discovering new reads…

The Magician - Rider Waite Tarot

It’s been a long time since I’ve listened to any podcasts, but when I received an email announcing that my favourite quarterly had started up the Slightly Foxed Podcast, I decided it was time for old habits and new reads.

If you’re unfamiliar with Slightly Foxed, it’s a very down-to-earth publication that is all about the delight of reading, and of discovering new (often “unpopular” or obscure) books.

“We’re not snobbish about this. We believe that reading is a pleasurable activity and there are some books you need at particular times in your life, and they’re for pleasure, for comfort, diversion, inspiration.”

The quarterly itself, and now the podcast, are excellent sources for discovering books that fall in the cracks between the latest popular novels, and the classics. I remember reading the article on Georgette Heyer that finally convinced me to pick up one of those lovely editions that I kept seeing in Galloway’s, back when I was far too much of a literary snob even to entertain the notion of reading romance. What a lucky thing I did!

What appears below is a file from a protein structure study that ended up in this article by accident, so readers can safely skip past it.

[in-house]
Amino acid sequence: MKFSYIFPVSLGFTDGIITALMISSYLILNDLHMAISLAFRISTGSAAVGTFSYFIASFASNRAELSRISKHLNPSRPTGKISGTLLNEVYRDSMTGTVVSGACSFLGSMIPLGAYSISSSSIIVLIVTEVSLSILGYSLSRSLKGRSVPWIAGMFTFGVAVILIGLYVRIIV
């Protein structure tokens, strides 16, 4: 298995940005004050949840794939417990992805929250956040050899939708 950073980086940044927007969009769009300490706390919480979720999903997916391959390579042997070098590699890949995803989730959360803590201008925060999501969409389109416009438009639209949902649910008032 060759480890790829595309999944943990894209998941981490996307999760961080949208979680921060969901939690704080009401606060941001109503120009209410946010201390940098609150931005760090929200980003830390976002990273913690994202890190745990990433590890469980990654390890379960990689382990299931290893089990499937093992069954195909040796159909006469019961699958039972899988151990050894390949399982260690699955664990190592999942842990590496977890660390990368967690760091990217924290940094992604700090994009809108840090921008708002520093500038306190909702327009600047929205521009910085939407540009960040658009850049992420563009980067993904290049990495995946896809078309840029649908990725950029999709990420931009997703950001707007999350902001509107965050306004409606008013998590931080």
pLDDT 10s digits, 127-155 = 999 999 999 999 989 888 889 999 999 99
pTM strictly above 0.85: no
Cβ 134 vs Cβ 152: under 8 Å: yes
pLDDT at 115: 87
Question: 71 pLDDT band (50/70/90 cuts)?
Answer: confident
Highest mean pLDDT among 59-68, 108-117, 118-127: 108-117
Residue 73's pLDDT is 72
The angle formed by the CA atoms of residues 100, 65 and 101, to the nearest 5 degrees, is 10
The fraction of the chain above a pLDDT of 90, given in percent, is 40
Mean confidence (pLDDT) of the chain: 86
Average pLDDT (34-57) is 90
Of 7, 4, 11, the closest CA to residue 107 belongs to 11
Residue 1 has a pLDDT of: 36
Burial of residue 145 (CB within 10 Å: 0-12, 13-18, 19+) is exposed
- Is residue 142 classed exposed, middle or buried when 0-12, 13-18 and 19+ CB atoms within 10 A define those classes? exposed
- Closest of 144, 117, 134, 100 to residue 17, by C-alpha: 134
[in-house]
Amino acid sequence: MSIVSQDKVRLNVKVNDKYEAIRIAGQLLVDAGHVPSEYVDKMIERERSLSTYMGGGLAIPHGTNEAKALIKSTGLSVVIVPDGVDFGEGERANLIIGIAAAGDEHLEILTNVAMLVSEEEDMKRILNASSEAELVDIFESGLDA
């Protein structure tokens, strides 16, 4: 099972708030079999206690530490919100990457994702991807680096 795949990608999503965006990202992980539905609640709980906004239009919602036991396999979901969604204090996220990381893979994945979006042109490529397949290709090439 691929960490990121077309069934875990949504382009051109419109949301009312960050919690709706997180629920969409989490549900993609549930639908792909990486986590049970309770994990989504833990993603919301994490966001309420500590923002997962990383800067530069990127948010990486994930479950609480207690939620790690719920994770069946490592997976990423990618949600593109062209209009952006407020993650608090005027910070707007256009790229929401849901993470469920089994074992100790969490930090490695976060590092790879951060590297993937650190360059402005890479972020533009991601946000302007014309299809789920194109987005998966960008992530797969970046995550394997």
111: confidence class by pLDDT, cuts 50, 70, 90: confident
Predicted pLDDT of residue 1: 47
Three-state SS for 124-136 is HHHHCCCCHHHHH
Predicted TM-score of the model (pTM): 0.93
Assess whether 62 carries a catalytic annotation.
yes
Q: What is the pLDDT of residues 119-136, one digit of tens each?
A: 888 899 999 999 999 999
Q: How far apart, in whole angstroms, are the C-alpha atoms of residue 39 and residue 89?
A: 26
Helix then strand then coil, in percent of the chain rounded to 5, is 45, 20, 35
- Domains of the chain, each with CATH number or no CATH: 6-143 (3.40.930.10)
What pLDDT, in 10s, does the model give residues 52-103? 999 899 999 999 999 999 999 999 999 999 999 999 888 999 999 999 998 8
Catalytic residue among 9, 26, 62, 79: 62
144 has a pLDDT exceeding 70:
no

On Chronic Re-reading

One of my resolutions for this year is to read more fiction. While I sample widely of non-fiction, I’ve realised that recently I’ve fallen into the cosy habit of re-reading my favourites (His Dark Materials, Ivanhoe, North and South, Cadfael), and of only taking on books that I’m certain I’ll like.

These days I rarely even read any fiction published in the 20th century, let alone the 21st!